Positivism sharply separates law and morality. It is often contrasted with Natural Law, which is based on the belief that all written laws must follow universal principles of morality, religion, and justice. Positivists concede that ethical theories of morality, religion, and justice may include aspirational principles of human conduct. However, positivists argue that such theories differ from law in that they are unenforceable and therefore should play no role in the interpretation and application of legislation. Thus, positivists conclude that as long as a written law has been duly enacted by a branch of government, it must be deemed valid and binding, regardless of whether it offends anyone's sense of right and wrong.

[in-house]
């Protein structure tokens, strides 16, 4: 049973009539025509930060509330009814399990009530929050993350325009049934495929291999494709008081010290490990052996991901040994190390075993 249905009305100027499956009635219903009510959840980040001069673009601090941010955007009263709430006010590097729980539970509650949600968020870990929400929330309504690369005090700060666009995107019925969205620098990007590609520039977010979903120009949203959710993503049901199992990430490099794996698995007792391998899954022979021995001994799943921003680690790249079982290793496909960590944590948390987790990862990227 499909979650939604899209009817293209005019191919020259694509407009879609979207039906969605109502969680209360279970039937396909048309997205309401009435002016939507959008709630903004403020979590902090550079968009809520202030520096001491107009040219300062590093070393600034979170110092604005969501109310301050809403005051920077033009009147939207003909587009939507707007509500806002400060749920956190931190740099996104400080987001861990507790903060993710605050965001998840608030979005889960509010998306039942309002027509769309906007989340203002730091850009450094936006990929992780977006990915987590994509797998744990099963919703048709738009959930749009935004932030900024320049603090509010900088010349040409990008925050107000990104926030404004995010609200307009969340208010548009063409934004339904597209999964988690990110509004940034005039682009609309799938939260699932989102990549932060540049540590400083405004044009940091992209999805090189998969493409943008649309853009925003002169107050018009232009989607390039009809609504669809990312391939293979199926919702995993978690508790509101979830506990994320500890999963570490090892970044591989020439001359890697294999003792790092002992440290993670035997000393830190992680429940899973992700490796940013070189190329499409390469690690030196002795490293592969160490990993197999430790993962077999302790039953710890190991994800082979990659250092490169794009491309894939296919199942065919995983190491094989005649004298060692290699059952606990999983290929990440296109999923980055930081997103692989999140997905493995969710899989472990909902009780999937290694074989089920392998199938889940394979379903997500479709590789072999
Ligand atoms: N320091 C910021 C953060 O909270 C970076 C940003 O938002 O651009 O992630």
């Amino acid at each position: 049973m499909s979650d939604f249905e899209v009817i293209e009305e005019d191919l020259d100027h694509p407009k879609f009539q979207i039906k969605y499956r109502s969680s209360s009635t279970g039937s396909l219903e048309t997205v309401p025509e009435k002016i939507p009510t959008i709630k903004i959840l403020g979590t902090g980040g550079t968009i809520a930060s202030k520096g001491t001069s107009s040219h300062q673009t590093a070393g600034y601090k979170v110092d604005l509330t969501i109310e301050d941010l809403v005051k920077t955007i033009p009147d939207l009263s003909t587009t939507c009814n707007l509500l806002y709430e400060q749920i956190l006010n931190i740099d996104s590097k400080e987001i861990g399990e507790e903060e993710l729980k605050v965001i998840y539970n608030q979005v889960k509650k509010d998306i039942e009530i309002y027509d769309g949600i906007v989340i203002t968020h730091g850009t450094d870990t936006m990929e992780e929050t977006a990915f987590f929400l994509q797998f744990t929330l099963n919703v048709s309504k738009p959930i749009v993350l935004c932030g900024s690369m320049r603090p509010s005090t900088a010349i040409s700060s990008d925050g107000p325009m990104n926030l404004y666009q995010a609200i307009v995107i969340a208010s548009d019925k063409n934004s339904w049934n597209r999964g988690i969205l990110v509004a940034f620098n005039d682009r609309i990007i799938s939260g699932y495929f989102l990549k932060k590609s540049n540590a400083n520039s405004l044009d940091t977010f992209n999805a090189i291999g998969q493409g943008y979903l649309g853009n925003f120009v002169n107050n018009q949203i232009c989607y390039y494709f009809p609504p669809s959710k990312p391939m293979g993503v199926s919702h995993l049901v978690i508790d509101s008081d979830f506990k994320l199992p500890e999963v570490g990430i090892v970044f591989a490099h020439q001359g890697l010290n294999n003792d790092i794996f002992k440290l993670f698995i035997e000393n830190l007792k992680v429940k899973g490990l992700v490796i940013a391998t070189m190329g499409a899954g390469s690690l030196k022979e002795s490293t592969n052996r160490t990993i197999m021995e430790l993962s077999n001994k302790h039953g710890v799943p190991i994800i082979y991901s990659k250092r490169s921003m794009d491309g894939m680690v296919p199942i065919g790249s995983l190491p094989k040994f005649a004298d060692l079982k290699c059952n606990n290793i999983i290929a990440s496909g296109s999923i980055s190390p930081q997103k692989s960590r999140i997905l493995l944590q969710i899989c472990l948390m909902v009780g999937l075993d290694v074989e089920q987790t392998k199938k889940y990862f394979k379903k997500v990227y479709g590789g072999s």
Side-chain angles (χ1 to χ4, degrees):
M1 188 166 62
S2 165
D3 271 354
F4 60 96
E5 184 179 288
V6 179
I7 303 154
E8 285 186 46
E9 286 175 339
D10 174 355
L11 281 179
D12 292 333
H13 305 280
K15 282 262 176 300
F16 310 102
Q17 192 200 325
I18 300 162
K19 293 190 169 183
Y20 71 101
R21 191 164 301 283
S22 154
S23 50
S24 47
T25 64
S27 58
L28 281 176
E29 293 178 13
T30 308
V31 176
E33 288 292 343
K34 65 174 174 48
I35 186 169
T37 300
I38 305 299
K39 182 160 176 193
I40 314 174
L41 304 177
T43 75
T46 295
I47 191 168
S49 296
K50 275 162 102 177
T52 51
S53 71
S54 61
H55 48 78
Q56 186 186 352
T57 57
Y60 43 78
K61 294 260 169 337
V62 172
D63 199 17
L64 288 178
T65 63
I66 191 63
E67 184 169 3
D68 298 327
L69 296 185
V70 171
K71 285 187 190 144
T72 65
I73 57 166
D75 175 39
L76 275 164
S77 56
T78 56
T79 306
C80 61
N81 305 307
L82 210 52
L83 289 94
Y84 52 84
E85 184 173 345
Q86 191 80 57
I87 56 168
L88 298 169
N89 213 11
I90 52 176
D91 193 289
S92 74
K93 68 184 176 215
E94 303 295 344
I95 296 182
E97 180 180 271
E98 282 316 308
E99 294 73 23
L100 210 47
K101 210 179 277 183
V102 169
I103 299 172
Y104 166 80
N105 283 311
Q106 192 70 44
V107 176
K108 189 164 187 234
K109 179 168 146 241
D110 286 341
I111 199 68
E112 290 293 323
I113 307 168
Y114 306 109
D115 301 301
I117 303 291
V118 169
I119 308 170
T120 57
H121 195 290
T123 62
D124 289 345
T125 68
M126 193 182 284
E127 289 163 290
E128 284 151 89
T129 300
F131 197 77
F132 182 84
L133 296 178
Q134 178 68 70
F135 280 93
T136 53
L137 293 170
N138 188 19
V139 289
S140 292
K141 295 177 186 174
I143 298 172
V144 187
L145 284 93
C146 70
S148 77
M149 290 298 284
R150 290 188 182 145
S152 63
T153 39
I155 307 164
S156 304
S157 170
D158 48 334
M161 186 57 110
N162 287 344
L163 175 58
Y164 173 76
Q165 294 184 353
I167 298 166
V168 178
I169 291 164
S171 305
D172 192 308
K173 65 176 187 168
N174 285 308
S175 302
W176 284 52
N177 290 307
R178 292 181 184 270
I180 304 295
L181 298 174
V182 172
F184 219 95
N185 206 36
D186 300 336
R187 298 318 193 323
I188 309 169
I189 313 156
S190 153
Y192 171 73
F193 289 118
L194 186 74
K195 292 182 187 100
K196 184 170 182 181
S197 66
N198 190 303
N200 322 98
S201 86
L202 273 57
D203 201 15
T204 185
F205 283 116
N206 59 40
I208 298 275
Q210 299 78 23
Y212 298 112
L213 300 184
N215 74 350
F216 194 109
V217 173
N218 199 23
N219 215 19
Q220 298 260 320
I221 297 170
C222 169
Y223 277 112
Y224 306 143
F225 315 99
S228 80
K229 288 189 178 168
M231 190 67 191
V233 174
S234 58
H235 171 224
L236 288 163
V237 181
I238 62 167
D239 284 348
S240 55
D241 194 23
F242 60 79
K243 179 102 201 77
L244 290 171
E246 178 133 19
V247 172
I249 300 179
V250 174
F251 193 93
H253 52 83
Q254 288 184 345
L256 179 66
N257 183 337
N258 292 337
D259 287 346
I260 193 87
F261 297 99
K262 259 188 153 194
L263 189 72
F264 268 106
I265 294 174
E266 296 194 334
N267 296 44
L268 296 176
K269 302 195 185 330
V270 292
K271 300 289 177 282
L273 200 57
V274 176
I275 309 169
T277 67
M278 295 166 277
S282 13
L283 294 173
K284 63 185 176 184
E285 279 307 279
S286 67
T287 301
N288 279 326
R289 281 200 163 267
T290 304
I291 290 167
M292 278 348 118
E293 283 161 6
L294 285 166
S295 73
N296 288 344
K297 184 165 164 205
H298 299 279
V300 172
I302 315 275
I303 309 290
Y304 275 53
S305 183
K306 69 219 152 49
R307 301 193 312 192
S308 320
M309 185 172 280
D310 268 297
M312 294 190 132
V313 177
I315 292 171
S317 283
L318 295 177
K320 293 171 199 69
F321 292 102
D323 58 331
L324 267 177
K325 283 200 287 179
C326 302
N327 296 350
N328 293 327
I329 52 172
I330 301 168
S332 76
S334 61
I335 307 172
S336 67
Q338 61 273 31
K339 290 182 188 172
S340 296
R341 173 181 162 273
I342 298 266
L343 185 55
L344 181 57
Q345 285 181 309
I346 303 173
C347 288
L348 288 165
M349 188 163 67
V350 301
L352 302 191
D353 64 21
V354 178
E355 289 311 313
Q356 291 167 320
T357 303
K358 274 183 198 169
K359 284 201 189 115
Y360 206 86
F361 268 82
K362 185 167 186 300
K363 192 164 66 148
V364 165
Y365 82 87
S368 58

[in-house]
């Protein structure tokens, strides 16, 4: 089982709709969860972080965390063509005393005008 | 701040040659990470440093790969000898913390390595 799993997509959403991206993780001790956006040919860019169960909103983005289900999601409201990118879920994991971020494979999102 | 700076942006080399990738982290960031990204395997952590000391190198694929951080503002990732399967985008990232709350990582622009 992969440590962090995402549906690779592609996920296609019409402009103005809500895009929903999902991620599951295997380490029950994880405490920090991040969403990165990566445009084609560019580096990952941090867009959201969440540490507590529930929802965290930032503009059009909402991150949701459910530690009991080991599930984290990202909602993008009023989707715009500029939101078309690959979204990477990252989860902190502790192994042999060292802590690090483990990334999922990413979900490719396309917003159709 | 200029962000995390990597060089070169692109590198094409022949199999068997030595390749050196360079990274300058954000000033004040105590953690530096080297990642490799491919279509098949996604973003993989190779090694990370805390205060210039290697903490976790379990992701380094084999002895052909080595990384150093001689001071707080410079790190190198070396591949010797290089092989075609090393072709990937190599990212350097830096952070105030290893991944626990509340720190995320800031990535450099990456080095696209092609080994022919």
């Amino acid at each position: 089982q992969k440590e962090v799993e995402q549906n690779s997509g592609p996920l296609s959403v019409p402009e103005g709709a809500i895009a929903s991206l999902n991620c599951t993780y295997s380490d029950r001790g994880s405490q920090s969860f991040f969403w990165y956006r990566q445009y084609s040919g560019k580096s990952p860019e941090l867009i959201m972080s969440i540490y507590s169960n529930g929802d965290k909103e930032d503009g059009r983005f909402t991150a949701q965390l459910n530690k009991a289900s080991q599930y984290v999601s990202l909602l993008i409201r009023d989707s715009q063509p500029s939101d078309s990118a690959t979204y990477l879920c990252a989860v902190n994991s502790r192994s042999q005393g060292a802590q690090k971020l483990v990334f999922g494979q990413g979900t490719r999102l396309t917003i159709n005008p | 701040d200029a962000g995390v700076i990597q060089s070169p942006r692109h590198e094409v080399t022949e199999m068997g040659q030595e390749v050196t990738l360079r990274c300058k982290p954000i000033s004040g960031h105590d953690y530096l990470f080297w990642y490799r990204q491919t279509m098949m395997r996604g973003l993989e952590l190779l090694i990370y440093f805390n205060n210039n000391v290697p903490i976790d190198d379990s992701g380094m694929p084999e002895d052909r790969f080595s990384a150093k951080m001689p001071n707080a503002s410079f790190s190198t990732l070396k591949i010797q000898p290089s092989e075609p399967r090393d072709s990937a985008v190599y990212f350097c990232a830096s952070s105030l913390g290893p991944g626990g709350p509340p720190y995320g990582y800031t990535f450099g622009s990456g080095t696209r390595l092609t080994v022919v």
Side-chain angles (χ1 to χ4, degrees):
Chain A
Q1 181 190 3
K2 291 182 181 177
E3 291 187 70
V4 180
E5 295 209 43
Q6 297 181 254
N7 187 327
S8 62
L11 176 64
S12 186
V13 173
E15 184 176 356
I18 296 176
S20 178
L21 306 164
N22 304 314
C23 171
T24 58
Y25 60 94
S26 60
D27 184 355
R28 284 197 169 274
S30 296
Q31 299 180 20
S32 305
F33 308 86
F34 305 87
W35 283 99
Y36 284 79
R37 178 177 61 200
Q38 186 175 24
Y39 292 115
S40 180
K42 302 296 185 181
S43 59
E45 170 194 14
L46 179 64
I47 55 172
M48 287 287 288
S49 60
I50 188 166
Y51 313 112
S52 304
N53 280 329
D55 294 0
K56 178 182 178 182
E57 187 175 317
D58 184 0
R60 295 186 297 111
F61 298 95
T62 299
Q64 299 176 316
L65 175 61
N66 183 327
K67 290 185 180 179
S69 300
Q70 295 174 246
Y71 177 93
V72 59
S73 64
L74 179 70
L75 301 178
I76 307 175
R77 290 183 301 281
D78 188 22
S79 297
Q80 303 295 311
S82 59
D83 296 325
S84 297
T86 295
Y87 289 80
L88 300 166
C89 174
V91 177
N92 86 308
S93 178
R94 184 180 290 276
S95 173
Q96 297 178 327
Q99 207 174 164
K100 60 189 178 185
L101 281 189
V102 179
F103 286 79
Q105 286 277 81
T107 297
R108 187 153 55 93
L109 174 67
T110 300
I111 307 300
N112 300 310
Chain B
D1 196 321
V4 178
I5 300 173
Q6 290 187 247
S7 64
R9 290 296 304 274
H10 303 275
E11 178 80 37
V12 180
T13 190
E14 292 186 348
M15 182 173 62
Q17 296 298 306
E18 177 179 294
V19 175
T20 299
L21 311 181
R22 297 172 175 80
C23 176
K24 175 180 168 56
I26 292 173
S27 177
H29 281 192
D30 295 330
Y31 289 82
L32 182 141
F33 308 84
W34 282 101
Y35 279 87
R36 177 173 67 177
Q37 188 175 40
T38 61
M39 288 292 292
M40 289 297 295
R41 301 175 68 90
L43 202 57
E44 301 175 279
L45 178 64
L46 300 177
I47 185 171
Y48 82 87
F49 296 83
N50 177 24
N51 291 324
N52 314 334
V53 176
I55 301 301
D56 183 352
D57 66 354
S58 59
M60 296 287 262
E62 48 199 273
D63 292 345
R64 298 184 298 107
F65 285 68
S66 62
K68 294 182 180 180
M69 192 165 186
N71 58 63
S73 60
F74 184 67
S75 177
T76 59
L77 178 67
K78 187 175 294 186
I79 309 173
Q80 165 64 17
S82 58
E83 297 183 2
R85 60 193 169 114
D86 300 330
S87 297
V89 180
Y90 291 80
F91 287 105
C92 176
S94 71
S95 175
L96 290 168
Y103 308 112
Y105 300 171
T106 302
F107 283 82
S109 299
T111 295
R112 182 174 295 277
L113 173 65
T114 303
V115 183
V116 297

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Last date updated on July, 2014